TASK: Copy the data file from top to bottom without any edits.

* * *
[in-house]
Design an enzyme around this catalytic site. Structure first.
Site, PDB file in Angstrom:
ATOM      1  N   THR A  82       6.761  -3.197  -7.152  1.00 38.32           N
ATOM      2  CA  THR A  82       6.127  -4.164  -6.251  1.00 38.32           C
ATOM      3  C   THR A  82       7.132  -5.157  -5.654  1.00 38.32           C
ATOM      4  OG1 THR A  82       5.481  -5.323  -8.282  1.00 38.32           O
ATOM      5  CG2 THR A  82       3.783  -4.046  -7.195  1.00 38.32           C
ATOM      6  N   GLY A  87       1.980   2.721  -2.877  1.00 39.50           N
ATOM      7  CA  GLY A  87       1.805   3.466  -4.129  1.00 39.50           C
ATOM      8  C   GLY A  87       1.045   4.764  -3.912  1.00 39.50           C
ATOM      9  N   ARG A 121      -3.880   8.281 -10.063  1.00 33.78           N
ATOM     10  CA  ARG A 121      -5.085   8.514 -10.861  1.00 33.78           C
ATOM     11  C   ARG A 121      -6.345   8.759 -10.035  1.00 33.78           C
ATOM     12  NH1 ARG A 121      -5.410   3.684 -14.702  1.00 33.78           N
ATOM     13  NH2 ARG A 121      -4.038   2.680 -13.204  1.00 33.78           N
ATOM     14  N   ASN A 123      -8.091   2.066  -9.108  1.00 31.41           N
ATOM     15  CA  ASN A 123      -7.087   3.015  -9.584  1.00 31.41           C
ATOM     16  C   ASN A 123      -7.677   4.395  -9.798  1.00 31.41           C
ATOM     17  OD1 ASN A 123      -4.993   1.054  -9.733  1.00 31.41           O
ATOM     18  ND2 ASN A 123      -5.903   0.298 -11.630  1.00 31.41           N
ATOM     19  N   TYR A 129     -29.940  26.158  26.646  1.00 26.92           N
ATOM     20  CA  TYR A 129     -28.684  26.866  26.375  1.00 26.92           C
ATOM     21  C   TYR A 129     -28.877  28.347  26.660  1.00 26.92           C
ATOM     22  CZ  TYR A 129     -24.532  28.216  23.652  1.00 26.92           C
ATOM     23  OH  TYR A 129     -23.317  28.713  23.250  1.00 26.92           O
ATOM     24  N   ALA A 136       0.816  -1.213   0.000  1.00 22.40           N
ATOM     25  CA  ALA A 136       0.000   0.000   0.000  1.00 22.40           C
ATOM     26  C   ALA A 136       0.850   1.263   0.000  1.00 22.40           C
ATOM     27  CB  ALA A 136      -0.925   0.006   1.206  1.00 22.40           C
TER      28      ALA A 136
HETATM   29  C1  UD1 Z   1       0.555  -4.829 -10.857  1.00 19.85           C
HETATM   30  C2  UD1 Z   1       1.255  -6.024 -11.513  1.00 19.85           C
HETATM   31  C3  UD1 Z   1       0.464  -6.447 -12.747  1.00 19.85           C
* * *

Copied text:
[in-house]
Design an enzyme around this catalytic site. Structure first.
Site, PDB file in Angstrom:
ATOM      1  N   THR A  82       6.761  -3.197  -7.152  1.00 38.32           N
ATOM      2  CA  THR A  82       6.127  -4.164  -6.251  1.00 38.32           C
ATOM      3  C   THR A  82       7.132  -5.157  -5.654  1.00 38.32           C
ATOM      4  OG1 THR A  82       5.481  -5.323  -8.282  1.00 38.32           O
ATOM      5  CG2 THR A  82       3.783  -4.046  -7.195  1.00 38.32           C
ATOM      6  N   GLY A  87       1.980   2.721  -2.877  1.00 39.50           N
ATOM      7  CA  GLY A  87       1.805   3.466  -4.129  1.00 39.50           C
ATOM      8  C   GLY A  87       1.045   4.764  -3.912  1.00 39.50           C
ATOM      9  N   ARG A 121      -3.880   8.281 -10.063  1.00 33.78           N
ATOM     10  CA  ARG A 121      -5.085   8.514 -10.861  1.00 33.78           C
ATOM     11  C   ARG A 121      -6.345   8.759 -10.035  1.00 33.78           C
ATOM     12  NH1 ARG A 121      -5.410   3.684 -14.702  1.00 33.78           N
ATOM     13  NH2 ARG A 121      -4.038   2.680 -13.204  1.00 33.78           N
ATOM     14  N   ASN A 123      -8.091   2.066  -9.108  1.00 31.41           N
ATOM     15  CA  ASN A 123      -7.087   3.015  -9.584  1.00 31.41           C
ATOM     16  C   ASN A 123      -7.677   4.395  -9.798  1.00 31.41           C
ATOM     17  OD1 ASN A 123      -4.993   1.054  -9.733  1.00 31.41           O
ATOM     18  ND2 ASN A 123      -5.903   0.298 -11.630  1.00 31.41           N
ATOM     19  N   TYR A 129     -29.940  26.158  26.646  1.00 26.92           N
ATOM     20  CA  TYR A 129     -28.684  26.866  26.375  1.00 26.92           C
ATOM     21  C   TYR A 129     -28.877  28.347  26.660  1.00 26.92           C
ATOM     22  CZ  TYR A 129     -24.532  28.216  23.652  1.00 26.92           C
ATOM     23  OH  TYR A 129     -23.317  28.713  23.250  1.00 26.92           O
ATOM     24  N   ALA A 136       0.816  -1.213   0.000  1.00 22.40           N
ATOM     25  CA  ALA A 136       0.000   0.000   0.000  1.00 22.40           C
ATOM     26  C   ALA A 136       0.850   1.263   0.000  1.00 22.40           C
ATOM     27  CB  ALA A 136      -0.925   0.006   1.206  1.00 22.40           C
TER      28      ALA A 136
HETATM   29  C1  UD1 Z   1       0.555  -4.829 -10.857  1.00 19.85           C
HETATM   30  C2  UD1 Z   1       1.255  -6.024 -11.513  1.00 19.85           C
HETATM   31  C3  UD1 Z   1       0.464  -6.447 -12.747  1.00 19.85           C